23andMe 2011 State of the Database Address


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Database Snapshot:

100,611 users genotyped

76% have agreed to participate in research

59% take surveys

57% are male

47% are sharing with other users

12% have multiple ancestry

45 is the average age

100,409 posts in our community forums

60,000 pairs of relatives among users (4th cousin or closer)

More than 100,000 people have turned to 23andMe to explore their DNA for insights into their health and ancestry.

Linked by a shared curiosity about themselves and a willingness to participate in research, these individuals have created a powerful tool for making discoveries that could help many others. 23andMe’s unique combination of DNA technology, web-accessible tools and content, and social networking has empowered users, who, in turn, have helped us create a new paradigm for research.

So far, more than three-fourths of 23andMe’s users have allowed our scientists to incorporate their genetic data, as well as their responses to online questionnaires, into our research. Nearly 60,000 of our users take online surveys, and those who take surveys fill out at least 10 on average. They’ve contributed millions of responses to thousands of survey questions. Hundreds of users have also taken the step of submitting research topics of their own for 23andMe to investigate.

Clearly people want a voice in reshaping healthcare and they want to accelerate scientific discovery.

Through the flow of survey responses and the continued growth of our database, we’ve broken new ground. Our team of 20 scientists —including statistical geneticists, survey specialists, bioinformaticists and a medical doctor — run more than 1,000 genome-wide association studies for hundreds of conditions on a regular basis.

In just about three years, we’ve discovered new genetic associations for common traits, found novel genetic links for childhood and adult infections, replicated more than 150 previously identified genetic associations for dozens of common diseases and medical conditions, and discovered several new genetic variants associated with Parkinson’s disease.

Our Parkinson’s Research Community represents one of the largest Parkinson’s studies in the world. It’s a model we’ve used for our Sarcoma Research Community, which is now one of the largest group of patients with this rare disease. And we’re applying our research model in many other areas, including a recently-launched NIH-funded study into how genetics affects individual response to common medications.

As more people join 23andMe, our collective understanding of human genetics grows. We are focusing on research where it is needed most. We are accelerating the pace at which our discoveries come back to those who contribute to it. We believe that a world in which individuals understand more about themselves is good. And we know that 100,000 is only the beginning.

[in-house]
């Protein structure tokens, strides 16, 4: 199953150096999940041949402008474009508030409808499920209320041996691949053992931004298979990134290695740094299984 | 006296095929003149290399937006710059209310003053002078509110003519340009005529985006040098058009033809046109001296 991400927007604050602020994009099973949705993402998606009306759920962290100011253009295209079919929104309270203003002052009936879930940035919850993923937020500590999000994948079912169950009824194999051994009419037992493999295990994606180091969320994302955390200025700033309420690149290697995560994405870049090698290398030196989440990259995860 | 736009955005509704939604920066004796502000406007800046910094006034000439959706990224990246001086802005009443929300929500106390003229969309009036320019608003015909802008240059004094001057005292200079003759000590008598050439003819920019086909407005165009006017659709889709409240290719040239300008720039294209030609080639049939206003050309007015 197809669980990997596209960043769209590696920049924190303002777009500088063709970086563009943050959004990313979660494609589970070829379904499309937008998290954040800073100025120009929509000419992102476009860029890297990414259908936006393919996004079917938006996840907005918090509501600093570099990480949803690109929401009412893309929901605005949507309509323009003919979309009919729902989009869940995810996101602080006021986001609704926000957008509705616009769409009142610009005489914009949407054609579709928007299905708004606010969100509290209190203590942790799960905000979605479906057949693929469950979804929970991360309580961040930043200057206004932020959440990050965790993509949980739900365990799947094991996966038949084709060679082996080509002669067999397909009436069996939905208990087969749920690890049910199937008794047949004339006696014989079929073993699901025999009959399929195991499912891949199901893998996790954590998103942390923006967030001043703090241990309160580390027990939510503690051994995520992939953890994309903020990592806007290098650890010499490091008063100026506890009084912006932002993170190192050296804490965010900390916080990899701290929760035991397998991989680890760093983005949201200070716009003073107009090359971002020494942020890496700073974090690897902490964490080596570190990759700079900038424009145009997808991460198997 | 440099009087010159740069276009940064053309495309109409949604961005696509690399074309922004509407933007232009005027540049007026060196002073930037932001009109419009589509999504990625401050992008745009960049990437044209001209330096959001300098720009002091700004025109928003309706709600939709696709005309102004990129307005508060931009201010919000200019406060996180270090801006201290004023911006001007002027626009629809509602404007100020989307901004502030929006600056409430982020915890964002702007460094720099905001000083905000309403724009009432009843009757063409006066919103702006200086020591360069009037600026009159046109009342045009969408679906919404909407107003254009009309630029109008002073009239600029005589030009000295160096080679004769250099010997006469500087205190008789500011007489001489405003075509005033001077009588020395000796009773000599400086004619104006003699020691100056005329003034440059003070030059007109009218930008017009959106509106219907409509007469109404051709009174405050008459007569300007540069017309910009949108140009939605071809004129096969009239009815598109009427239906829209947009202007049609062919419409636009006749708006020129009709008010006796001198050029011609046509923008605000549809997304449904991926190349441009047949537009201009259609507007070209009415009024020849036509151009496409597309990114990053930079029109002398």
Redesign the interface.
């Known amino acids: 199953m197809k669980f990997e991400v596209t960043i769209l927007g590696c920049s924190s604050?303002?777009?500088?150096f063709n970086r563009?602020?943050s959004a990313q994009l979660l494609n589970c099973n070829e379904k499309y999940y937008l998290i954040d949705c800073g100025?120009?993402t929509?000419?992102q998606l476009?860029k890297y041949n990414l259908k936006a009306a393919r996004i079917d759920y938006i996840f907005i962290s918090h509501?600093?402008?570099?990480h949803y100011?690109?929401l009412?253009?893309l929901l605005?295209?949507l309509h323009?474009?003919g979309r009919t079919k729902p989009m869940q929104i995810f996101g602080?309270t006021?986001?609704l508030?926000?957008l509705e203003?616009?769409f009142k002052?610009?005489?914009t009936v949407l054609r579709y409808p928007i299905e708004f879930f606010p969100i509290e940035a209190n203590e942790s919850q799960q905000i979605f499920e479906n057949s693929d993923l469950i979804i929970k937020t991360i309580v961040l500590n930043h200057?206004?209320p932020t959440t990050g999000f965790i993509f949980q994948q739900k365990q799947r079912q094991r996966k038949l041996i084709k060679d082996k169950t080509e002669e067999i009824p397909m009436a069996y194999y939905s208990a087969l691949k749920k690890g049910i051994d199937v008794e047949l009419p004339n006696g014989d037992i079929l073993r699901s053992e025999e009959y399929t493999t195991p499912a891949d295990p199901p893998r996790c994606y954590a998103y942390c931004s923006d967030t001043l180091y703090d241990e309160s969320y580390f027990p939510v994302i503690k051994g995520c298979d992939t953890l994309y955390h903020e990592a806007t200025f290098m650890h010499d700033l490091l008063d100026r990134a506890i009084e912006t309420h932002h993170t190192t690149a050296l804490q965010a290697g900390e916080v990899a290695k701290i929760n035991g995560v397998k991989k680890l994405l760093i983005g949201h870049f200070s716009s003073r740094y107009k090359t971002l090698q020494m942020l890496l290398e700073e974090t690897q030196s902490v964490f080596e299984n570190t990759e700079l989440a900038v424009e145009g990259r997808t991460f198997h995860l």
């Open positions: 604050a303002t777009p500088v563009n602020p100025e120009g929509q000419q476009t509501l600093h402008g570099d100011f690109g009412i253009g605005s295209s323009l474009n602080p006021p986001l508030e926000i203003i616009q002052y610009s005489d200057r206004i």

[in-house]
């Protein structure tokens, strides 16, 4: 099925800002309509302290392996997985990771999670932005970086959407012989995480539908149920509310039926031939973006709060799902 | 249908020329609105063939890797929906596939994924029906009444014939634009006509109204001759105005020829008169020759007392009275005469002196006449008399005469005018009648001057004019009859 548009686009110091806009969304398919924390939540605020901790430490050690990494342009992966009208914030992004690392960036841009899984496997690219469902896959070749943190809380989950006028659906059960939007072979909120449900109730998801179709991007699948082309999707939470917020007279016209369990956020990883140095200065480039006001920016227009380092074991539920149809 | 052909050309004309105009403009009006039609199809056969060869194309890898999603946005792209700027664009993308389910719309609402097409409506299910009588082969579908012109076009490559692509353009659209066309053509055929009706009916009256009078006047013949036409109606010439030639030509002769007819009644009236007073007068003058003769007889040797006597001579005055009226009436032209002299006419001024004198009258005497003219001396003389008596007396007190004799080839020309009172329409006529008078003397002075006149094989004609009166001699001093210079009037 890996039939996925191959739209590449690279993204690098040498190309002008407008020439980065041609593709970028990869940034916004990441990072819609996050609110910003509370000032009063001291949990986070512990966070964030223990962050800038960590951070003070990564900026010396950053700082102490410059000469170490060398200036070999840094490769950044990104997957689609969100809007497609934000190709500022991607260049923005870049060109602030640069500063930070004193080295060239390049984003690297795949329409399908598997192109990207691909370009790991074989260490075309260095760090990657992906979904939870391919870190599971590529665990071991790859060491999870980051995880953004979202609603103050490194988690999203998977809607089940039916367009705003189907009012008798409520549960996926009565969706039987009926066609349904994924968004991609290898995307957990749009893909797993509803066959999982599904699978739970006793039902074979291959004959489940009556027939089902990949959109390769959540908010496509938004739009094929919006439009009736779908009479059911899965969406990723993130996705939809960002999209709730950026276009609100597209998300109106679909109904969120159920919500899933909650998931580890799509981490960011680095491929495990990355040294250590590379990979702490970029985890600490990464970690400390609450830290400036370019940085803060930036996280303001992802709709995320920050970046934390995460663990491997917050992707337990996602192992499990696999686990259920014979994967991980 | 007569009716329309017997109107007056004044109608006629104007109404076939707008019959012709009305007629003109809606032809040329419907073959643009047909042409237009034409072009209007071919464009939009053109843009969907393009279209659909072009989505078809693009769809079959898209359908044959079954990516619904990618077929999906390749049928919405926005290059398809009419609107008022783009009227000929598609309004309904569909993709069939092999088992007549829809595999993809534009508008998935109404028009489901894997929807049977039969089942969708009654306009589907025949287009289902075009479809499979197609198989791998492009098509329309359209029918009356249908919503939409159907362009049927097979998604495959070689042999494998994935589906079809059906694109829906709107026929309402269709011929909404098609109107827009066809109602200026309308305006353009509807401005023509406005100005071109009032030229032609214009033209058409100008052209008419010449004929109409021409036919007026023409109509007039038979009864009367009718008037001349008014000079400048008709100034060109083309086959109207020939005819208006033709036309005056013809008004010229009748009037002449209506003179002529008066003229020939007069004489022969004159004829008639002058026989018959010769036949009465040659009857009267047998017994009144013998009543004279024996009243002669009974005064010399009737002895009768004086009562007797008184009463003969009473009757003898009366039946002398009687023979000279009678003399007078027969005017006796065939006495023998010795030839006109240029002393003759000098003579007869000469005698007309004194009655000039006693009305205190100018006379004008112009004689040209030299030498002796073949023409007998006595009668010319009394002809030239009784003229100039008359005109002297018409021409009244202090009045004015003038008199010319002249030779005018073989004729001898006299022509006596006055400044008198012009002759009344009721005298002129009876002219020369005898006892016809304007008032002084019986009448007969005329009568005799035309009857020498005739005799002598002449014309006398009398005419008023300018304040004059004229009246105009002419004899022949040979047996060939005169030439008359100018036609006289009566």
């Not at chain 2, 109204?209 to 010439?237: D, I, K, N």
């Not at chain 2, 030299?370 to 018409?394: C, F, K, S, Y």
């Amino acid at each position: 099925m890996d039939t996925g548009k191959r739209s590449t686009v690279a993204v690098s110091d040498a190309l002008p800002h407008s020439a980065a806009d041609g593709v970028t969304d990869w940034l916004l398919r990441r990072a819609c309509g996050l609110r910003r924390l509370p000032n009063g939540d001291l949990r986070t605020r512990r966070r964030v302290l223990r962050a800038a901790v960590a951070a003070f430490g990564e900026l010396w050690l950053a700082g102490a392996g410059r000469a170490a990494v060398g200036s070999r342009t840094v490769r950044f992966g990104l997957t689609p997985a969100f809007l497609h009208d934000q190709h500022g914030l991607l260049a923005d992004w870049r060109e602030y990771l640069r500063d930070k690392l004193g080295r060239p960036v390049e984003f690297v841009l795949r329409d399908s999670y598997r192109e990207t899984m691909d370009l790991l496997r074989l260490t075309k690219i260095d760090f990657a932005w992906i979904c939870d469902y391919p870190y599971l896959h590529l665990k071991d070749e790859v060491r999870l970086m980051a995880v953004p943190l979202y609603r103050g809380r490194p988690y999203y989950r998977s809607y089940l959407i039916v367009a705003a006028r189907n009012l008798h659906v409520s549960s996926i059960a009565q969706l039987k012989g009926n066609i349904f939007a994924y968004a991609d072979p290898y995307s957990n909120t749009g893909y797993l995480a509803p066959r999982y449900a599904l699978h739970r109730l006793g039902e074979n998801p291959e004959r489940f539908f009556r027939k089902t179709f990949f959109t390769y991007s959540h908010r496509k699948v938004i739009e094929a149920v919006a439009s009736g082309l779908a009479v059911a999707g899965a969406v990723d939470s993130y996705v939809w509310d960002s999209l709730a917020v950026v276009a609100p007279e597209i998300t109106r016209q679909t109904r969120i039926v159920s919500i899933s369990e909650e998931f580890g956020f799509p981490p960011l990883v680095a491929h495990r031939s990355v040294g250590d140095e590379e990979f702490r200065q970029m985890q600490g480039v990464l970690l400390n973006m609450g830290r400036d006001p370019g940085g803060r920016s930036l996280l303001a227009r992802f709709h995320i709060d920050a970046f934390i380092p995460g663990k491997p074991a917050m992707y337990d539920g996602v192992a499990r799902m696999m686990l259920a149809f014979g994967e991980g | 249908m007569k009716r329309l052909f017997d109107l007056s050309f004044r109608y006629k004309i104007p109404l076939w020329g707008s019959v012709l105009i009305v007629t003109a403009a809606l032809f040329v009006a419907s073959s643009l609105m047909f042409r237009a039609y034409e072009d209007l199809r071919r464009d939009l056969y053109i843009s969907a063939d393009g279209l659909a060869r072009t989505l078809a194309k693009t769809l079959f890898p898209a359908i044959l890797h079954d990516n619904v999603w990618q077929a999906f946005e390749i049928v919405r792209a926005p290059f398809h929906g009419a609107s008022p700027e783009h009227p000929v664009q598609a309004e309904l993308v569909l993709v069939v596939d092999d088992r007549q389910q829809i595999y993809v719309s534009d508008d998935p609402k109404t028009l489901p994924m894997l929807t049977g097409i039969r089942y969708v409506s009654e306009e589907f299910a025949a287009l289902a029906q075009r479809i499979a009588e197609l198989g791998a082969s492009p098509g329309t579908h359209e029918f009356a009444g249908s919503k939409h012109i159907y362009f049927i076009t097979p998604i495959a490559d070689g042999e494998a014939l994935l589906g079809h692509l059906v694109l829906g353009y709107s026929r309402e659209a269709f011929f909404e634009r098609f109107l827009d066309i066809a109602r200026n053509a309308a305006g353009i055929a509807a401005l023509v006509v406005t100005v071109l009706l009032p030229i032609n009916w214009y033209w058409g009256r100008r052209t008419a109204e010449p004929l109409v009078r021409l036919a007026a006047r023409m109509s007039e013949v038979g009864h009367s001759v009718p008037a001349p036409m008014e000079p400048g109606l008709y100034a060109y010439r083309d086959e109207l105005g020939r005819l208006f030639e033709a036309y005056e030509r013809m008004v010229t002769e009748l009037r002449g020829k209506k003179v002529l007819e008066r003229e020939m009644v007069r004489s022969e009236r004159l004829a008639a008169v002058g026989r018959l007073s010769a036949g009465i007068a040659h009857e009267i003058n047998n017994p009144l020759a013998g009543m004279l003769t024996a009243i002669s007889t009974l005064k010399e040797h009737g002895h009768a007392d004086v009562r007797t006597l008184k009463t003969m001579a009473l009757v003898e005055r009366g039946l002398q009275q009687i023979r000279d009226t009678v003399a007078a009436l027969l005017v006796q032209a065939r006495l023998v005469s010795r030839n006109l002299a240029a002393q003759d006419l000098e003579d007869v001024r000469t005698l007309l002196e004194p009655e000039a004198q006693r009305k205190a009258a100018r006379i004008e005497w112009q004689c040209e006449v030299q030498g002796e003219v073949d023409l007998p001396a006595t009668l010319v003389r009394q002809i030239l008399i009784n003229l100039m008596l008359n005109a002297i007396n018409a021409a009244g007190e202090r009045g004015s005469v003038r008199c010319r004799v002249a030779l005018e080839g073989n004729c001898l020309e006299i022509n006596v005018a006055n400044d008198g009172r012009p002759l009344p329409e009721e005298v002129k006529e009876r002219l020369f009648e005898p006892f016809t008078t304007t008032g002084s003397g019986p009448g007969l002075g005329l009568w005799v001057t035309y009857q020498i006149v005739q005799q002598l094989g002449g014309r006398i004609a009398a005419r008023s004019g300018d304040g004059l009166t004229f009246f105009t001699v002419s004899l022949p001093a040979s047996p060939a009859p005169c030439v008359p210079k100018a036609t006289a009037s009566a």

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  • http://FreeGenome.Org Dan B

    Will the data that you have collected, both genetic and phenotypic, and the results of your analysis be distributed under an open source data access licence?

    Naturally, sensitive data should be appropriately aggregated and anonymised to protect privacy, however, given that such protection strategies exist, I don’t think privacy is a major barrier to data release.

    Given your “powerful tool for making discoveries that could help many others”, do you think there is an ethical argument to be made about keeping the underlying data secret and commercial?

    In the future, as with so many emerging technologies, we face a growing divide between the ‘have’s and the ‘have-not’s. Will you work to alleviate the ‘genomic divide’ by releasing data?

    http://FreeGenome.Org
    http://PersonalGenome.Net

    • http://23andme.com Shwu

      Hi Dan,

      We are definitely open to this idea and are considering the best options for broadening the impact of the data while ensuring participant privacy. We are also a very collaborative company and are currently working with a number of outside research groups to make discoveries. Individual privacy, however, is still the most important issue and whatever strategies we adopt will depend on the circumstances surrounding each specific research project.

  • Madelyn

    My husband and I are very interested in determining if individuals who have taken or are taking a statin, and possess one or 2 of identified SNPs in a gene your DNA profile assesses have an increased risk of neurodegenerative diseases. Given the data collected, the process should be straight forward and the information easily obtained. Is there a scientist with whom we could discuss this project?

  • http://core-genomics.blogspot.com/ james hadfield

    Hi,
    I just recieved my results and posted on my log. I thought I would share this with you.
    As the head of a genomics lab I would like to find out more about research thrugh 23andME. I’ll get in touch via the website.
    James.

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